Modified Fish Hook technique

Hennig et al .
( Br J Ophthalmol. 2003;87(3):266-70 ) reported data of 500 eyes in which SICS was performed with nucleus delivery using the fish hook technique. The technique involved sclerocorneal tunnel, capsulotomy, hydrodissection, nucleus extraction with a bent needle tip hook, and posterior chamber intraocular lens (PC-IOL) implantation. The best corrected visual acuity was 6/18 or better in 96.2% of eyes at 6 weeks and in 95.9% at 1 year. The mean duration of surgery was 4 minutes. Intraoperative complications included 47 (9.4%) eyes with hyphaema, and one eye (0.2%) with posterior capsular tear and vitreous prolapse in the anterior chamber. Six weeks postoperatively, 85.5% of eyes had against the rule astigmatism, with a mean induced cylinder of 1.41 D (SD 0.8).

Use of anterior chamber maintainer (ACM)

Blumenthal and Moisseiev
( J Cataract Refract Surg. 1987;13(2):204-6) described the use of an instrument for maintaining a deep anterior chamber during the surgery. They observed that the anterior chamber maintainer (ACM) keeps the pressure in the anterior chamber at uniform levels during various maneuvers, thus making the technique safer and easier to perform.

Blumenthal ( Klin Monatsbl Augenheilkd. 1994;205(5):266-70 ) propagated the use of continuous positive pressure in the anterior chamber using the ACM with good surgical results.

Chawla and Adams ( J Cataract Refract Surg. 1996;22(2):172-7 ) used the ACM in cataract surgery in 258 eyes. They reported that use of ACM increased surgical control of the anterior chamber depth and maintained the position of the posterior capsule during surgery. They concluded that ACM may offer increased safety during anterior segment surgery and requires less use of viscoelastic agents.

Wright et al . ( Br J Ophthalmol. 1999;83(1):71-5 ) reported the results of a prospective clinical trial of 46 eyes in 46 patients undergoing cataract surgery using the ACM without viscoelastic. Postoperatively, 70% of patients had unaided visual acuity of 6/12 or better at 3 months follow up. The mean central and superior endothelial cell losses at 12 months after surgery were 20% and 25% respectively.

Sharma et al . ( Eye. 2000;14 (Pt 4):646-50 ) also reported good results of SICS with intraocular lens implantation using ACM.

Irrigating cannula

( Ophthalmic Surg. 1986;17(1):47-9 ) described the use of an irrigating cannula for lens nucleus delivery by extracapsular extraction . It consists of a 20-gauge needle and a flat insertion plate with a flow outlet. The apex, with the flow outlet, is inserted beneath the nucleus during continuous irrigation; the nucleus is thus expelled by the irrigating solution.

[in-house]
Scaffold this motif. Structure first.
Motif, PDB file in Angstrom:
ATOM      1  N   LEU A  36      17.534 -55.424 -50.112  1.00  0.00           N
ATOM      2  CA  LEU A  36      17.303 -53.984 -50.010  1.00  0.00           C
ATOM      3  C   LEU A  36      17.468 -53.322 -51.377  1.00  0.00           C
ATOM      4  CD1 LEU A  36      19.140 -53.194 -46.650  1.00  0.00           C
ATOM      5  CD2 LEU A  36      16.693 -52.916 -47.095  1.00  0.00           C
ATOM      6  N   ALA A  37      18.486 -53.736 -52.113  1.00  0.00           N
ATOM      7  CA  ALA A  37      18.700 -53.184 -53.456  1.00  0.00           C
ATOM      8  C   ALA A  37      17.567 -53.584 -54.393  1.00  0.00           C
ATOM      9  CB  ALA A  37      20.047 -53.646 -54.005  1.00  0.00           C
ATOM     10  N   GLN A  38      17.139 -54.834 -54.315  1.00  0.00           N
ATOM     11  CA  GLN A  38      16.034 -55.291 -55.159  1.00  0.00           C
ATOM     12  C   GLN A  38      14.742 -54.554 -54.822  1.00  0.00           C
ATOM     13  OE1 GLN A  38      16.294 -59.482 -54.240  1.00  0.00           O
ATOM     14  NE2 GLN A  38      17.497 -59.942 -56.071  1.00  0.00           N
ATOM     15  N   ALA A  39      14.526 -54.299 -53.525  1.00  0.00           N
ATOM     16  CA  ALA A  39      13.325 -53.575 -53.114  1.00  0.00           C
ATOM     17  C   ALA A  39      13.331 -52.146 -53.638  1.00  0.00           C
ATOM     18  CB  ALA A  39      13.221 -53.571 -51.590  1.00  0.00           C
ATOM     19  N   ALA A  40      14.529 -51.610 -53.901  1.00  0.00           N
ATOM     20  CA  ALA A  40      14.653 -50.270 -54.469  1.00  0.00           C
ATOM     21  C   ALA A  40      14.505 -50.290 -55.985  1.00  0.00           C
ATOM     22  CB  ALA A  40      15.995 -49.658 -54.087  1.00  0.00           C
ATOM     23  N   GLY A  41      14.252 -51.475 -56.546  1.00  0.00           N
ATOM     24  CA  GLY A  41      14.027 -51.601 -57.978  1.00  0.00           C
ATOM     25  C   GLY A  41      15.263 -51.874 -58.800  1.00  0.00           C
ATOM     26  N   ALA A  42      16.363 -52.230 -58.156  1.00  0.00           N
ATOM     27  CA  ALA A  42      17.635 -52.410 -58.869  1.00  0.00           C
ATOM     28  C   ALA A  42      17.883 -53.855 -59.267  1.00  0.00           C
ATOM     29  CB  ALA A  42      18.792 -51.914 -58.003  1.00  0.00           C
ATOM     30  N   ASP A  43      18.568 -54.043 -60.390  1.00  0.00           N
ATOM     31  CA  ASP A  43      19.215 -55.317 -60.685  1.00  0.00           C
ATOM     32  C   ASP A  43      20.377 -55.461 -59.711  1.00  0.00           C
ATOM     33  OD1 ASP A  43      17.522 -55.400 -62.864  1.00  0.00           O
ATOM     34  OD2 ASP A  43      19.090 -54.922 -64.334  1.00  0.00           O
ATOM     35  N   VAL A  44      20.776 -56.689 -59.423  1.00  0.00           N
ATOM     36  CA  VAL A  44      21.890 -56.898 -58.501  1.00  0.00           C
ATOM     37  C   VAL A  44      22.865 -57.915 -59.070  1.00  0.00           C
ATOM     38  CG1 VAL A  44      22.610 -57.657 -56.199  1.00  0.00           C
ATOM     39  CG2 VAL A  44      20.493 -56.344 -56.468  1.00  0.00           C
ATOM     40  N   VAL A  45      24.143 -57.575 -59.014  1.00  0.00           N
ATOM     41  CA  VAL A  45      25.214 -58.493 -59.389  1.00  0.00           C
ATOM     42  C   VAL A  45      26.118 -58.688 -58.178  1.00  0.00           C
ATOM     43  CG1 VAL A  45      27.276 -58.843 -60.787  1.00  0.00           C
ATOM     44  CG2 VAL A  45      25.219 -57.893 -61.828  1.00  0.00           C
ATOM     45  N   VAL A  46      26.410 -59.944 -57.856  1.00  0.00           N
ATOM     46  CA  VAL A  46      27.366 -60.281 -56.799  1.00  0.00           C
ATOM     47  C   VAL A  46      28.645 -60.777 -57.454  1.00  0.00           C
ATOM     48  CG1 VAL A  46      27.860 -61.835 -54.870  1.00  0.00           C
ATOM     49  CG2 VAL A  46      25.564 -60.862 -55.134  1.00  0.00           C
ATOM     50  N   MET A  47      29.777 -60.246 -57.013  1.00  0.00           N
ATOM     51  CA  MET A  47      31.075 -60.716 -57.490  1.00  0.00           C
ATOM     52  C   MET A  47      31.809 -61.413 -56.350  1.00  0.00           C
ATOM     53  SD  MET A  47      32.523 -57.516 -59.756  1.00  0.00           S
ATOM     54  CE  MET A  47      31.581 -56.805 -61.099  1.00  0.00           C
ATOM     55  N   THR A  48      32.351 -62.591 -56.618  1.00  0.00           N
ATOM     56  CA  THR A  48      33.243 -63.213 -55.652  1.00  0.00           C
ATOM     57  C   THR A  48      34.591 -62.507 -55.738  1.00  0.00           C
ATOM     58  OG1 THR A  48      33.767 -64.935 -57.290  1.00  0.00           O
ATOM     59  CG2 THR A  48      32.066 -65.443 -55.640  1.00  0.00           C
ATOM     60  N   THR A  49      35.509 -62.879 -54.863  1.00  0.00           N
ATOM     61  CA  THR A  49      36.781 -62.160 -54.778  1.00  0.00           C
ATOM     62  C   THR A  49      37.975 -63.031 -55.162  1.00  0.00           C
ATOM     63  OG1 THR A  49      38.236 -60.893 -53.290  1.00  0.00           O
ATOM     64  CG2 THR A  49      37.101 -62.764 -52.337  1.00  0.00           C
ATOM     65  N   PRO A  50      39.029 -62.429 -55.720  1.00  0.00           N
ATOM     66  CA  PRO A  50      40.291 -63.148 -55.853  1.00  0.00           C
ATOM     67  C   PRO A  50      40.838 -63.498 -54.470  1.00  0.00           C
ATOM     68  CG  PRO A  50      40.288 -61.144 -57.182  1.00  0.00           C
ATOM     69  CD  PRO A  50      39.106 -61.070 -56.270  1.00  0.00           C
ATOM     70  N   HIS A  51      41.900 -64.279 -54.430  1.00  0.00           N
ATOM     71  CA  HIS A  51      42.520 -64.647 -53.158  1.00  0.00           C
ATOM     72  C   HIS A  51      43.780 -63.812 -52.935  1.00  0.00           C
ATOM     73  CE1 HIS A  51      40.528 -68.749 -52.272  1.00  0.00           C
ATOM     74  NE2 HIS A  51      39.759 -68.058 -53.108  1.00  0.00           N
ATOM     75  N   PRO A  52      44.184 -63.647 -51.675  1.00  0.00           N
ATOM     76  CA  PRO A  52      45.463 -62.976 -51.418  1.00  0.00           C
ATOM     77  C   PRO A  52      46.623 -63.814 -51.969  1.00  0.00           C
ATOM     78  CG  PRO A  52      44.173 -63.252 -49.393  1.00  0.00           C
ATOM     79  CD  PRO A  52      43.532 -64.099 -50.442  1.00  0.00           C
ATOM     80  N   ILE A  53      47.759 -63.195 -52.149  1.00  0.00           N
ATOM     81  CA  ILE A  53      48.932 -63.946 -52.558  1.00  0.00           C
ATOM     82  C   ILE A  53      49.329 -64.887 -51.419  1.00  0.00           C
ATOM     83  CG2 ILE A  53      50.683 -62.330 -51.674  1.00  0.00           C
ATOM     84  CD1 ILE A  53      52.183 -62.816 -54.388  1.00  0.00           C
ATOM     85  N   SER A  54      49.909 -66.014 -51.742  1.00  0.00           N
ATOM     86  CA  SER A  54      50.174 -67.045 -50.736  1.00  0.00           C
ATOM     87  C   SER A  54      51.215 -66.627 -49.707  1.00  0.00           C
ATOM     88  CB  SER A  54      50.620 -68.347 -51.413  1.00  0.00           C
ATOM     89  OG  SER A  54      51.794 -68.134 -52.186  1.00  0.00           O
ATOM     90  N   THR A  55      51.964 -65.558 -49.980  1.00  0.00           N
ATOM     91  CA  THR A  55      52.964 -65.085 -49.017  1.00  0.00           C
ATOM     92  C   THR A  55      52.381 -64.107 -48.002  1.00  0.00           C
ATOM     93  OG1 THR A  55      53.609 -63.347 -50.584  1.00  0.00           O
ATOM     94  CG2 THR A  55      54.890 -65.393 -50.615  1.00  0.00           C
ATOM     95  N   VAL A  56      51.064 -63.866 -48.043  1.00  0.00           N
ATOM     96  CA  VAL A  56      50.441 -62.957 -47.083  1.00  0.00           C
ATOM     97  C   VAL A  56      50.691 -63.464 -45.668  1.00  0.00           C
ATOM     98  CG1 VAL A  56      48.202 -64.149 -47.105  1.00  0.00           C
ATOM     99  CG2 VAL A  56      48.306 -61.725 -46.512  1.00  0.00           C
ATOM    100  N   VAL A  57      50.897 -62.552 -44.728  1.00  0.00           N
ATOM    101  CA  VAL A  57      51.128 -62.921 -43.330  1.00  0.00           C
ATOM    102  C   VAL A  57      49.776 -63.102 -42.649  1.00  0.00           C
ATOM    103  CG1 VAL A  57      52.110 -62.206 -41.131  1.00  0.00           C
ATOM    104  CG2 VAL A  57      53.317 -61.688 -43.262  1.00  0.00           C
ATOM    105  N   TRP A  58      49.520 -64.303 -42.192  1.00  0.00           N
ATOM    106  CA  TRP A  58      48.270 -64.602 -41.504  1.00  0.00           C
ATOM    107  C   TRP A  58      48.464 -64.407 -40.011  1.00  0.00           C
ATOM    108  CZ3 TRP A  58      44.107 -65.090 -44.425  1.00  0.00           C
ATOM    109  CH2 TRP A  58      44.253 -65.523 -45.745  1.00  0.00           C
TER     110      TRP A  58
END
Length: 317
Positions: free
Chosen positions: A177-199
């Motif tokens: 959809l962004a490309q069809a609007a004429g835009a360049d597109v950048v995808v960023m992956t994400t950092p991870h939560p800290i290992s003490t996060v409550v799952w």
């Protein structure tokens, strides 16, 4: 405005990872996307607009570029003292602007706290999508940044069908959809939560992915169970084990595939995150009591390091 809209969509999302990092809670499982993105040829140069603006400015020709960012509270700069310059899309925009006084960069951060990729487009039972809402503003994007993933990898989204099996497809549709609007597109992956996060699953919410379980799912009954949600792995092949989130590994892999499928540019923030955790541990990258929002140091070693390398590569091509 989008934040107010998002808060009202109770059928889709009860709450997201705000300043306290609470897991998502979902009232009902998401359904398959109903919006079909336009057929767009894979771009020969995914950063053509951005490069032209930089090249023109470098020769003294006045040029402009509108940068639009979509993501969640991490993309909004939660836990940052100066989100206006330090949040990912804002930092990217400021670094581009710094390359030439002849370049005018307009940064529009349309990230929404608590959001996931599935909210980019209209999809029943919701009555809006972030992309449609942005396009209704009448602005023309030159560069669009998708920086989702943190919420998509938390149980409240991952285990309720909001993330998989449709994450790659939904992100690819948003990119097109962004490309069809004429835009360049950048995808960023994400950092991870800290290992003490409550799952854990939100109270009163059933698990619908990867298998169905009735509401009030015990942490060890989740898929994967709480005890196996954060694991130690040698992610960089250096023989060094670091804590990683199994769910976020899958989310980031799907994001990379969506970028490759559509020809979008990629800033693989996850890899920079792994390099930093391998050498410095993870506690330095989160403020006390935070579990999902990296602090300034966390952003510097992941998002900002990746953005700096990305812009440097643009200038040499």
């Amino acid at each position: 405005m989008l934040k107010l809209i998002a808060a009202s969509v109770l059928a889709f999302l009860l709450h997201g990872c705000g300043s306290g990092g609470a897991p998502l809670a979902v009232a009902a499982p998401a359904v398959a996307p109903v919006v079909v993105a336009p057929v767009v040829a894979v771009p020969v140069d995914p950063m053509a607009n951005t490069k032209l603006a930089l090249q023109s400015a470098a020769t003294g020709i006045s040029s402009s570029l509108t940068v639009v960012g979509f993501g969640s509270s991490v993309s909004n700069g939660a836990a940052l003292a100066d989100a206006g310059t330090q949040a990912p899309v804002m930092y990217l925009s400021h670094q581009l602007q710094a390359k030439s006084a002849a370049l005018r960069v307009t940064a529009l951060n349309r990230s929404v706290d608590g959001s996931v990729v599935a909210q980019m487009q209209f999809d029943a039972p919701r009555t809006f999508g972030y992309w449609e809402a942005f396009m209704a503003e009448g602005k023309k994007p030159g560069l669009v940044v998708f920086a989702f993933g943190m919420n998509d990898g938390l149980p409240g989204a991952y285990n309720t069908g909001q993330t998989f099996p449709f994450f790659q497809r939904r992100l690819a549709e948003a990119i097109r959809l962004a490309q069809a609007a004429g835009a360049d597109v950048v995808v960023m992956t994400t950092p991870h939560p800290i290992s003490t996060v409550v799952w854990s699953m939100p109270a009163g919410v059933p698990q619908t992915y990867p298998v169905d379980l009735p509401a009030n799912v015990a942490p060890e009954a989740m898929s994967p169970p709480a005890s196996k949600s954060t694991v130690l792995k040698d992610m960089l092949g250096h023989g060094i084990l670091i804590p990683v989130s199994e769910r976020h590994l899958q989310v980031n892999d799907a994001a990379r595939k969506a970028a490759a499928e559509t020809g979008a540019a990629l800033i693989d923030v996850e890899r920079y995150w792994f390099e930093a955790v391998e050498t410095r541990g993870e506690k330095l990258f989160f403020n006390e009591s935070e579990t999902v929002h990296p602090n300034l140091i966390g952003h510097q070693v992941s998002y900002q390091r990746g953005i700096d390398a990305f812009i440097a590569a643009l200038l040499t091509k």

Manual phaco - fracture

Bartov et al .
( J Cataract Refract Surg. 1998;24(2):160-5 ) described a technique for planned manual extracapsular cataract extraction (ECCE) incorporating a modification of mini-nuc ECCE in which the scleral tunnel is made wide enough to allow a nucleus of any size to settle in the tunnel. A 5.0 mm, inverted-V chevron incision is made in which the exposed part of the nucleus lodged in the scleral pocket can be manually picked and fragmented until it is small enough to be removed through the incision. Vector analysis of preoperative and 3 month postoperative keratometric astigmatism in 30 patients showed that the surgically induced vector was 0.54 diopter (D) 0.58 (SD). Mean reduction in astigmatism was 0.08 0.39 D.

Kansas and Sax ( J Cataract Refract Surg. 1988;14(3):328-30 ) described a new technique in which the lens nucleus is manually split into pieces using Kansas trisector and Kansas vectis, and the fragments are then visco-expressed through a smaller incision.

Hepsen et al . ( J Cataract Refract Surg. 2000;26(7):1048-51 ) performed SICS by manual phacotrisection technique in 59 eyes of 54 patients. After capsulorrhexis and hydrodissection were performed, the endonucleus was prolapsed into the anterior chamber and trisected using an anteriorly positioned triangular trisector and posteriorly placed solid vectis. Postoperatively, best spectacle-corrected visual acuity of 20/40 or better was achieved in 48 eyes (83%) and of 20/25 or better in 28 eyes (47%). The most frequent intraoperative complication was posterior capsular rupture (n = 5). The most significant postoperative complication was transient corneal edema, which developed in 32 eyes (54%). No permanent complications (e.g., corneal endothelial decompensation) occurred in any case.